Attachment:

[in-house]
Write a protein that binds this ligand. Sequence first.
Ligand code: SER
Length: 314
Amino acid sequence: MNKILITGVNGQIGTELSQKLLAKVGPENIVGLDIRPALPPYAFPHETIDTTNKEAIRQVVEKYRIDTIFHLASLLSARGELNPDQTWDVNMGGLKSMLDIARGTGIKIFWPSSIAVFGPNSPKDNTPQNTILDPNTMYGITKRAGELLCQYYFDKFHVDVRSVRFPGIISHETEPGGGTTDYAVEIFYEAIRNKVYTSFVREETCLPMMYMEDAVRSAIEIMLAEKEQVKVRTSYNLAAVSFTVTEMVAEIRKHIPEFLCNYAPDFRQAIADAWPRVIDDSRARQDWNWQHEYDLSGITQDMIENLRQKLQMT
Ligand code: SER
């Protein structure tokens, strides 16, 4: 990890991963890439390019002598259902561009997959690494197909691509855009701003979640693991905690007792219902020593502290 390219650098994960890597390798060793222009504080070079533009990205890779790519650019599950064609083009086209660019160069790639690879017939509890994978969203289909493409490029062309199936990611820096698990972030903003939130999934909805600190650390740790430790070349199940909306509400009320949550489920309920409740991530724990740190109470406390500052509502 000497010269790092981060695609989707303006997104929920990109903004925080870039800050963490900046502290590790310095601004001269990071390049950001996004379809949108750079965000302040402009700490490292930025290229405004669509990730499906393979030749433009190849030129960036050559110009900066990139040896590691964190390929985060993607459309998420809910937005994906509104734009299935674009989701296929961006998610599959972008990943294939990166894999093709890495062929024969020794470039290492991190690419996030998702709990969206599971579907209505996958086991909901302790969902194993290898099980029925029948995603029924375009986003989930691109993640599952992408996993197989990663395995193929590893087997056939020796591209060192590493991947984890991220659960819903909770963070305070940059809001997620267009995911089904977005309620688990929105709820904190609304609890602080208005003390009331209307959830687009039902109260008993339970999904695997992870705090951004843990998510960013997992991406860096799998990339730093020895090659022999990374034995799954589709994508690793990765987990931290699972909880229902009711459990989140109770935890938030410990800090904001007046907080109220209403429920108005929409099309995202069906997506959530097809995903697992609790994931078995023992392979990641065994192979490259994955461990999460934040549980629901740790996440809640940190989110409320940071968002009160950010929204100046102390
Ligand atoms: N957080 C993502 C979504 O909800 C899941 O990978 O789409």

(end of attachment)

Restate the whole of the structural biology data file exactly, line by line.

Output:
[in-house]
Write a protein that binds this ligand. Sequence first.
Ligand code: SER
Length: 314
Amino acid sequence: MNKILITGVNGQIGTELSQKLLAKVGPENIVGLDIRPALPPYAFPHETIDTTNKEAIRQVVEKYRIDTIFHLASLLSARGELNPDQTWDVNMGGLKSMLDIARGTGIKIFWPSSIAVFGPNSPKDNTPQNTILDPNTMYGITKRAGELLCQYYFDKFHVDVRSVRFPGIISHETEPGGGTTDYAVEIFYEAIRNKVYTSFVREETCLPMMYMEDAVRSAIEIMLAEKEQVKVRTSYNLAAVSFTVTEMVAEIRKHIPEFLCNYAPDFRQAIADAWPRVIDDSRARQDWNWQHEYDLSGITQDMIENLRQKLQMT
Ligand code: SER
């Protein structure tokens, strides 16, 4: 990890991963890439390019002598259902561009997959690494197909691509855009701003979640693991905690007792219902020593502290 390219650098994960890597390798060793222009504080070079533009990205890779790519650019599950064609083009086209660019160069790639690879017939509890994978969203289909493409490029062309199936990611820096698990972030903003939130999934909805600190650390740790430790070349199940909306509400009320949550489920309920409740991530724990740190109470406390500052509502 000497010269790092981060695609989707303006997104929920990109903004925080870039800050963490900046502290590790310095601004001269990071390049950001996004379809949108750079965000302040402009700490490292930025290229405004669509990730499906393979030749433009190849030129960036050559110009900066990139040896590691964190390929985060993607459309998420809910937005994906509104734009299935674009989701296929961006998610599959972008990943294939990166894999093709890495062929024969020794470039290492991190690419996030998702709990969206599971579907209505996958086991909901302790969902194993290898099980029925029948995603029924375009986003989930691109993640599952992408996993197989990663395995193929590893087997056939020796591209060192590493991947984890991220659960819903909770963070305070940059809001997620267009995911089904977005309620688990929105709820904190609304609890602080208005003390009331209307959830687009039902109260008993339970999904695997992870705090951004843990998510960013997992991406860096799998990339730093020895090659022999990374034995799954589709994508690793990765987990931290699972909880229902009711459990989140109770935890938030410990800090904001007046907080109220209403429920108005929409099309995202069906997506959530097809995903697992609790994931078995023992392979990641065994192979490259994955461990999460934040549980629901740790996440809640940190989110409320940071968002009160950010929204100046102390
Ligand atoms: N957080 C993502 C979504 O909800 C899941 O990978 O789409």